Upon entering private life he issued a manifesto to his countrymen, calling upon them to render loyal support to the monarch and be ready to attend him the following year—a million of them—to Rome or Venice. "By the side of the Re Galantuomo," he wrote, "every quarrel should disappear, every rancor be dissipated."

Ere night Garibaldi sent word to Admiral Mundy that he was leaving early the next day, and proposed to go on board the Hannibal to bid him adieu. He was up before daybreak, and accompanied by some of his more intimate friends, repaired to the port, rowed over in a boat to the British man-of-war, a huge three-decker, and clambered up the side. Informed of Garibaldi's arrival, the Admiral, as soon as possible, quitted his cabin, which he invited his visitor to enter, and the two had a long talk. Garibaldi was very desirous that Mundy should go and stay with him in his cottage at Caprera, and expatiated on the beauty of the harbor between the island and the mainland, where, he reminded the Admiral, Nelson had once anchored.

Passing from the cabin to the quarter-deck Garibaldi noticed the Admiral's visitors' book on a small table—the same on which he and the Bourbon commanders had signed the armistice six months before. Sitting down, he made the following entry in French:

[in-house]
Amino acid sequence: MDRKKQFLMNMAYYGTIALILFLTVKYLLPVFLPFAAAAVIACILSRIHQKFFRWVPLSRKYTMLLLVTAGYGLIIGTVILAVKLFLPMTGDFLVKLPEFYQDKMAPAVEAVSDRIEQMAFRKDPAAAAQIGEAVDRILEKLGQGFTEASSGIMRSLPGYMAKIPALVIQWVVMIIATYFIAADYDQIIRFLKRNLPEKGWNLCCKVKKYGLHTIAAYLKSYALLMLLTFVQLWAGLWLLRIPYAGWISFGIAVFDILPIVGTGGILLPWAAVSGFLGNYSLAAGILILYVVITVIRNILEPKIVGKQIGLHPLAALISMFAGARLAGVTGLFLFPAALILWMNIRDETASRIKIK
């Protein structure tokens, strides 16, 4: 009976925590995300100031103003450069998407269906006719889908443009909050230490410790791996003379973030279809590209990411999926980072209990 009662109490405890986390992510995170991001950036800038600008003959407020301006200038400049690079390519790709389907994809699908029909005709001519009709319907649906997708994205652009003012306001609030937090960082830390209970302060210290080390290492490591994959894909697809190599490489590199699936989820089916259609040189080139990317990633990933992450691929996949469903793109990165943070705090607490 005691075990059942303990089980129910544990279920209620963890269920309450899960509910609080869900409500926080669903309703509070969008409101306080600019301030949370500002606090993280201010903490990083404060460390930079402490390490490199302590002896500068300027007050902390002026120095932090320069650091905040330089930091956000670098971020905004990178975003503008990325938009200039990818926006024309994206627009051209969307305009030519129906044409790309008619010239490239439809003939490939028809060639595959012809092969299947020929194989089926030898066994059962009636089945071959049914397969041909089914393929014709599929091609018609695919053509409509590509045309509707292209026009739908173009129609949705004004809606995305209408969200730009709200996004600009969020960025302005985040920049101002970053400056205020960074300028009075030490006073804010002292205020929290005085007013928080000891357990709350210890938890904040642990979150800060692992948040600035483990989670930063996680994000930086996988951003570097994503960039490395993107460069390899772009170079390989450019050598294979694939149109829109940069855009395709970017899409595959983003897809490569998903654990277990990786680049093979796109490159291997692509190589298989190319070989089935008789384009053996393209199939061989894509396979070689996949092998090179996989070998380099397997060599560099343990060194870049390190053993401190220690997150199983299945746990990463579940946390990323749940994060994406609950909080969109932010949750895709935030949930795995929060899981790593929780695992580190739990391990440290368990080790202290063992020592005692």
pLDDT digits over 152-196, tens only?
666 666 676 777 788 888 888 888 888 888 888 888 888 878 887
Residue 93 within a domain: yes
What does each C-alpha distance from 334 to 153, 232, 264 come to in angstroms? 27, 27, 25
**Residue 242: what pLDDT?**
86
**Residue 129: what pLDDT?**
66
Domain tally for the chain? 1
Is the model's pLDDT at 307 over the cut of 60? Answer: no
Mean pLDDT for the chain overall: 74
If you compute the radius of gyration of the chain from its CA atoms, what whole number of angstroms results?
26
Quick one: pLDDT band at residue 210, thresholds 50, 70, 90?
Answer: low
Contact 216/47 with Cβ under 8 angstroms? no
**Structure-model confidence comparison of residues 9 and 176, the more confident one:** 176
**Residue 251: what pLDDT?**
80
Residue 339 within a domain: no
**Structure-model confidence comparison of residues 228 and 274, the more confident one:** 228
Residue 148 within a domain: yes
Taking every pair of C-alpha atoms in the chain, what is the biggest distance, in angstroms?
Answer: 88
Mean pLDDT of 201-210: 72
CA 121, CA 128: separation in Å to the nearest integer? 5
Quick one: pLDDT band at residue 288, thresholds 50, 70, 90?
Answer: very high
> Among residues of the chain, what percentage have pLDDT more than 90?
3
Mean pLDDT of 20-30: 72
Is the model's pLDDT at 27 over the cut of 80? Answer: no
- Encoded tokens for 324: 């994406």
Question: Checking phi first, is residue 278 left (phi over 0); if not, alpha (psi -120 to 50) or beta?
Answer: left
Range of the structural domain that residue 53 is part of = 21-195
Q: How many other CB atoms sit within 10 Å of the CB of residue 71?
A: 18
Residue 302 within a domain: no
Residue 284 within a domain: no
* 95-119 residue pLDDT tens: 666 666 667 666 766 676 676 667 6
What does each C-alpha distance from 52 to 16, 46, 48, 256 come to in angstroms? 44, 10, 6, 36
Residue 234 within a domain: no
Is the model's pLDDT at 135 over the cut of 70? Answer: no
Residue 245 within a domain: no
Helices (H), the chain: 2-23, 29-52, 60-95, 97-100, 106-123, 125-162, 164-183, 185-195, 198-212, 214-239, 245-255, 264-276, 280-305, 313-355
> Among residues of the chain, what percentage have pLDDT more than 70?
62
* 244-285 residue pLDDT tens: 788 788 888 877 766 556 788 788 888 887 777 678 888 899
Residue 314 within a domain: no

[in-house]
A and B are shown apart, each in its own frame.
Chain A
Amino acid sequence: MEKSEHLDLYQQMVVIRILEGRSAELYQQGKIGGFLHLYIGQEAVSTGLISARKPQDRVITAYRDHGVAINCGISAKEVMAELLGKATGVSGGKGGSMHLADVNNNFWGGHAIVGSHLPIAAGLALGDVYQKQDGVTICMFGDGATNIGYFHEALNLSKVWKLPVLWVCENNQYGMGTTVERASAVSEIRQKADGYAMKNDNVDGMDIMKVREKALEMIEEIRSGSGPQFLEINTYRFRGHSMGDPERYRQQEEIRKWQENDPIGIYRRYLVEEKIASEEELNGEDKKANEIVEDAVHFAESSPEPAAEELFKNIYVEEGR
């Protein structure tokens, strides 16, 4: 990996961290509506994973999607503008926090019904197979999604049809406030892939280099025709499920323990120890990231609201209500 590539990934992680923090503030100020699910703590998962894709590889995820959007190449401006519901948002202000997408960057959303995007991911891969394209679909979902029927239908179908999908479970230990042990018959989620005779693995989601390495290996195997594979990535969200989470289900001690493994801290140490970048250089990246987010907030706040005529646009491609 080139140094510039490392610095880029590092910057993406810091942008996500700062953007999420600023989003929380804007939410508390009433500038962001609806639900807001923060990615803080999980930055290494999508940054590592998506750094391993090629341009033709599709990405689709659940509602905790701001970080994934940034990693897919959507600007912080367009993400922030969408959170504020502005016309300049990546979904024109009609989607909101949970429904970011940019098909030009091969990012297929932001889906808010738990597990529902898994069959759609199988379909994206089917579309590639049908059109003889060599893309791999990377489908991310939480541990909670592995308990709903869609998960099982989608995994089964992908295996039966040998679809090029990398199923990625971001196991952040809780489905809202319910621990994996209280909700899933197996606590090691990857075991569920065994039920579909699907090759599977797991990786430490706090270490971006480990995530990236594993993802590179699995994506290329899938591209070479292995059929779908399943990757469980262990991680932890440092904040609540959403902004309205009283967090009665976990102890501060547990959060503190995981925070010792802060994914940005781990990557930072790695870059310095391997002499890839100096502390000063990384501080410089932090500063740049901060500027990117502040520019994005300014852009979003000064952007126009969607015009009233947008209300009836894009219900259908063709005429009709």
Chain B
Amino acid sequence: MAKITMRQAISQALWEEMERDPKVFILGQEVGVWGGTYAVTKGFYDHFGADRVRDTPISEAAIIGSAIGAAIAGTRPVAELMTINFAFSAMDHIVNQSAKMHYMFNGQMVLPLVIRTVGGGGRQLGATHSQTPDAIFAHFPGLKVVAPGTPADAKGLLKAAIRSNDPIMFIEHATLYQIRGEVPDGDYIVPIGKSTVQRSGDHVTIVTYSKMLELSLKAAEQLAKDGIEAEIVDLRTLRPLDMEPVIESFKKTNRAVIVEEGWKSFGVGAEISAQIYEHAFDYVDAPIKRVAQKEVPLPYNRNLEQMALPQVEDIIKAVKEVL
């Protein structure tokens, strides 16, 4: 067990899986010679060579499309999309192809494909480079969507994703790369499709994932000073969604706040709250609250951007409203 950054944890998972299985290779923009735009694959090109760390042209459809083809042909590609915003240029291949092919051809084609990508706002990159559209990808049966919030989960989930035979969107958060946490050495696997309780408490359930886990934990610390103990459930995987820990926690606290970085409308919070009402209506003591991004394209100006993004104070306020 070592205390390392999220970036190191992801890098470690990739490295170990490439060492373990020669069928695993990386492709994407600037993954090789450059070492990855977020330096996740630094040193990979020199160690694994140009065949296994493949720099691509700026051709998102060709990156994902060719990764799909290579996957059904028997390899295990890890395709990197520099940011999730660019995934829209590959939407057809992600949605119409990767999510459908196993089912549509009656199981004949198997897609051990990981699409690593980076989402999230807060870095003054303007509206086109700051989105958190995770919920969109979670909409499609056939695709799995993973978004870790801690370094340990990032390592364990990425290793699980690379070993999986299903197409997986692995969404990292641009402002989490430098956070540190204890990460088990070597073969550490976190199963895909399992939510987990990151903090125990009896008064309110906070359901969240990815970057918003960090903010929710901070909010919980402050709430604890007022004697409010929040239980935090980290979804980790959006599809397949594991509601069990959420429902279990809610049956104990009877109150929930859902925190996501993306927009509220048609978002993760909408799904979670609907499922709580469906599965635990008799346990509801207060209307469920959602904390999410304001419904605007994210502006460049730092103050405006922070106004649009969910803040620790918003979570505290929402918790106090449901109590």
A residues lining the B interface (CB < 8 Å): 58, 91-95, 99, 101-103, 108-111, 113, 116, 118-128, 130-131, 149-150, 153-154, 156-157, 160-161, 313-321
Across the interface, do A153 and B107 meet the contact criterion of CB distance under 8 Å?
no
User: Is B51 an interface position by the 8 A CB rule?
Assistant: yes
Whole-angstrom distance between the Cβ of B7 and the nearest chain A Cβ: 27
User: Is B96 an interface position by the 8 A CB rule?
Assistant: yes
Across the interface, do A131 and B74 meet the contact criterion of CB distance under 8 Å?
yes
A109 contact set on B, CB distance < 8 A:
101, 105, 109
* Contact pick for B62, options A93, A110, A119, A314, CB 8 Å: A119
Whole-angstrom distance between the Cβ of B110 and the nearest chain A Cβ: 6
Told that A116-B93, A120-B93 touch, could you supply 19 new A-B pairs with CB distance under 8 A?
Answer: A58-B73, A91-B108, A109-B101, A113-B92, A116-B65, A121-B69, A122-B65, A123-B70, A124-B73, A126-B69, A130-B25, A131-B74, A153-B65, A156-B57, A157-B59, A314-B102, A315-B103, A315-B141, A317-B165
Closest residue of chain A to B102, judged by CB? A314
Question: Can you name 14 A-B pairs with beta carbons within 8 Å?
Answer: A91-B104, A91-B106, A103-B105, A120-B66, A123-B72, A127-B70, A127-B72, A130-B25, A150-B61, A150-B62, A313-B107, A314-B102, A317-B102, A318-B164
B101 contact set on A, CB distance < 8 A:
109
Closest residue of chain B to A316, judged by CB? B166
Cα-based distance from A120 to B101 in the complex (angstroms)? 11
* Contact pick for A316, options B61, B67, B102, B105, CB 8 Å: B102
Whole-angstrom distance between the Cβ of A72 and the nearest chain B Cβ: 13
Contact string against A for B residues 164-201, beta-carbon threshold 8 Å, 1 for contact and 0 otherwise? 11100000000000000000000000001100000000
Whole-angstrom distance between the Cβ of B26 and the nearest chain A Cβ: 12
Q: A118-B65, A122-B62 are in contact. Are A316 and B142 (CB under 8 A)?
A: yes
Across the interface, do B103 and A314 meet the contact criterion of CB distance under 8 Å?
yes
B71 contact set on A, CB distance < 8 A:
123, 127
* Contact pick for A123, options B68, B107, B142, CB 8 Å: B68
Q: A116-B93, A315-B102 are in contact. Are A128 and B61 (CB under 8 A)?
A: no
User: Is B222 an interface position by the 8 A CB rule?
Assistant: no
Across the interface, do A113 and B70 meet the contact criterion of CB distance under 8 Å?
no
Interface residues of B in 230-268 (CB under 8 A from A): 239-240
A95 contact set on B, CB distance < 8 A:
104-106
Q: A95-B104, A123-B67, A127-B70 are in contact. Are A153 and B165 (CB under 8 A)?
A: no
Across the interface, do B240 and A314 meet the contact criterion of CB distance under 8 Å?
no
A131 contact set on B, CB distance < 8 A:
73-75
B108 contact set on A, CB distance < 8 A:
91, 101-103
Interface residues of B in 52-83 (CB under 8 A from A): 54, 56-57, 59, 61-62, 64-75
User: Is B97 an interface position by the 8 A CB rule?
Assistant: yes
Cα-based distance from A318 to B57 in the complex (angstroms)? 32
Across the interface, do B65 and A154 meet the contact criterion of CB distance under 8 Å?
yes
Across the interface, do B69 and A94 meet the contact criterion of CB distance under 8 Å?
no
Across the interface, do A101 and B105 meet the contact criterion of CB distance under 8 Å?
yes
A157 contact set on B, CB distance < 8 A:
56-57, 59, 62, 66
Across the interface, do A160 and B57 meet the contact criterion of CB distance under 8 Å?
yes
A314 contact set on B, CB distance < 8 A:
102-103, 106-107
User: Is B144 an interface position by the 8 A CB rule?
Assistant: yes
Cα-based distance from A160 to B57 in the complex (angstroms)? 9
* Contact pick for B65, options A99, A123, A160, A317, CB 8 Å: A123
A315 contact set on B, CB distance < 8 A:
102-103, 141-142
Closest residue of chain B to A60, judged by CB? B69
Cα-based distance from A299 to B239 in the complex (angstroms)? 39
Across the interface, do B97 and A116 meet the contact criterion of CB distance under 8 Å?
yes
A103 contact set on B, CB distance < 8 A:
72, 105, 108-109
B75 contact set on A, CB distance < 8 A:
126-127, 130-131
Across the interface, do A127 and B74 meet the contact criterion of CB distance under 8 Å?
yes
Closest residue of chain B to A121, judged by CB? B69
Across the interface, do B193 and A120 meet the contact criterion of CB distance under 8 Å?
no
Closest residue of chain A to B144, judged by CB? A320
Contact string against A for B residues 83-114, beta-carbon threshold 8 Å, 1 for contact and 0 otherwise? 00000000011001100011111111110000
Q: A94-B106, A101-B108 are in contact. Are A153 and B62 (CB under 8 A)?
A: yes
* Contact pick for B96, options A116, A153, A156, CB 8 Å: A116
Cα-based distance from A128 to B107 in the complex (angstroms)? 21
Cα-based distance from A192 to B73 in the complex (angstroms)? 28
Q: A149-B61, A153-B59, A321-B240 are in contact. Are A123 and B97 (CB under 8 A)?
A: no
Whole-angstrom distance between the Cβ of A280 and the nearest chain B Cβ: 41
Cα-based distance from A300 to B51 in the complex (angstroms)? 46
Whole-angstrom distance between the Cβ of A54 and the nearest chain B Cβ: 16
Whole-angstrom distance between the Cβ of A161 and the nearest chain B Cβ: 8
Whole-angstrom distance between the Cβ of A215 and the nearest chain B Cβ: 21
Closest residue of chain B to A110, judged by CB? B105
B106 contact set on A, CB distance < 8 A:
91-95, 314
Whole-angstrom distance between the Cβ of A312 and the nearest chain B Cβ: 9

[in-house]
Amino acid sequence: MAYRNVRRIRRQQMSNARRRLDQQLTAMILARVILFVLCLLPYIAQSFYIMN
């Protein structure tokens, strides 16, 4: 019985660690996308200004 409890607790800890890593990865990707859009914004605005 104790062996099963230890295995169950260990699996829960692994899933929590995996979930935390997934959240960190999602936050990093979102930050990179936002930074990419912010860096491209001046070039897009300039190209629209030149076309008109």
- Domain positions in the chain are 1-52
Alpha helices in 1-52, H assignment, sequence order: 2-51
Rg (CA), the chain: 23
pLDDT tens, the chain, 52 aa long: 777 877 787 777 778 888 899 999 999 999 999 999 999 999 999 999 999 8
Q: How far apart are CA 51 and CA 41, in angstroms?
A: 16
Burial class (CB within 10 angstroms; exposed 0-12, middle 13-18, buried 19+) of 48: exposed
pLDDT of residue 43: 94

"G. Garibaldi owes to Admiral Mundy the most lively gratitude, which will last all his life, on account of sincere proofs of friendship with which he has been loaded in all kinds of circumstances."

As the great man descended from the ship into the boat, officers and men were profoundly touched by what some of them termed his "look of intense love."

From the Hannibal Garibaldi rowed direct to the Washington, the vessel in which he was to sail to Caprera, and on her deck he took leave of Mario, Missori, and his other companions, who returned to the quay. That he felt their work was not quite done was shown by his parting words: "To meet again at Rome." There remained with him then only his son Menotti and two undistinguished attendants.

In a few days Garibaldi was at work on his farm, putting in seed, succoring his vines, calling his cattle home, and seeking his goats that had gone astray. A visitor from Genoa, who arrived on business some weeks later, described him as in robust health and radiant with a calm and serene joy. In justice to Victor Emmanuel it must be said that Garibaldi's resumption of the simple life was due to no lack of generosity on the part of that monarch, who had offered him a royal castle and a steamer for himself, an estate for Menotti, the title of King's aide-de-camp for his younger son, and a dowry for his daughter. All these good things the disinterested patriot had declined.